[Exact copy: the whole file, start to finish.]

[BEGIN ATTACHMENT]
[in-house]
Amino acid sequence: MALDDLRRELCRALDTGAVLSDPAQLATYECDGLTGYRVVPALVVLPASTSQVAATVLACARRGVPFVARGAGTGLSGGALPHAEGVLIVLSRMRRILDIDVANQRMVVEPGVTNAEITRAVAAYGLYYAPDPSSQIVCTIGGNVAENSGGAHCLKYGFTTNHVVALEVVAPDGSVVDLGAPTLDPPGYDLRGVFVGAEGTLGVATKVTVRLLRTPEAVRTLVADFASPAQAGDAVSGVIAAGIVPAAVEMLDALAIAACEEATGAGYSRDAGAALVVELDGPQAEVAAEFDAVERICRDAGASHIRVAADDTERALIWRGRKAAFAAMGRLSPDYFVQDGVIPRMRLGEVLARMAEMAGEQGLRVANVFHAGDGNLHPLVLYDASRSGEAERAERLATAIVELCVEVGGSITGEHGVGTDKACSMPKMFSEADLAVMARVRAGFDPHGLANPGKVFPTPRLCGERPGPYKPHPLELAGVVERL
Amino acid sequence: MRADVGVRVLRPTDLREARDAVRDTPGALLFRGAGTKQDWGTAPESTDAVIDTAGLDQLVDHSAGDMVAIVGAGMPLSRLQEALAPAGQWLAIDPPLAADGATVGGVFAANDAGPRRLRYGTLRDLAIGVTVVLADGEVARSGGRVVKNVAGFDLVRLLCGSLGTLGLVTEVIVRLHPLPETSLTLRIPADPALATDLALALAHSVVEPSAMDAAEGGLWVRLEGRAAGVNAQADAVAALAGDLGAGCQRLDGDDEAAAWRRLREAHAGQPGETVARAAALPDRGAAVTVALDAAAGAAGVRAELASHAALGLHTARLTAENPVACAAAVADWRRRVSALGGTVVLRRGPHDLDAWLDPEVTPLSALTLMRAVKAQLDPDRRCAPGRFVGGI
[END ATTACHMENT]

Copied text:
[in-house]
Amino acid sequence: MALDDLRRELCRALDTGAVLSDPAQLATYECDGLTGYRVVPALVVLPASTSQVAATVLACARRGVPFVARGAGTGLSGGALPHAEGVLIVLSRMRRILDIDVANQRMVVEPGVTNAEITRAVAAYGLYYAPDPSSQIVCTIGGNVAENSGGAHCLKYGFTTNHVVALEVVAPDGSVVDLGAPTLDPPGYDLRGVFVGAEGTLGVATKVTVRLLRTPEAVRTLVADFASPAQAGDAVSGVIAAGIVPAAVEMLDALAIAACEEATGAGYSRDAGAALVVELDGPQAEVAAEFDAVERICRDAGASHIRVAADDTERALIWRGRKAAFAAMGRLSPDYFVQDGVIPRMRLGEVLARMAEMAGEQGLRVANVFHAGDGNLHPLVLYDASRSGEAERAERLATAIVELCVEVGGSITGEHGVGTDKACSMPKMFSEADLAVMARVRAGFDPHGLANPGKVFPTPRLCGERPGPYKPHPLELAGVVERL
Amino acid sequence: MRADVGVRVLRPTDLREARDAVRDTPGALLFRGAGTKQDWGTAPESTDAVIDTAGLDQLVDHSAGDMVAIVGAGMPLSRLQEALAPAGQWLAIDPPLAADGATVGGVFAANDAGPRRLRYGTLRDLAIGVTVVLADGEVARSGGRVVKNVAGFDLVRLLCGSLGTLGLVTEVIVRLHPLPETSLTLRIPADPALATDLALALAHSVVEPSAMDAAEGGLWVRLEGRAAGVNAQADAVAALAGDLGAGCQRLDGDDEAAAWRRLREAHAGQPGETVARAAALPDRGAAVTVALDAAAGAAGVRAELASHAALGLHTARLTAENPVACAAAVADWRRRVSALGGTVVLRRGPHDLDAWLDPEVTPLSALTLMRAVKAQLDPDRRCAPGRFVGGI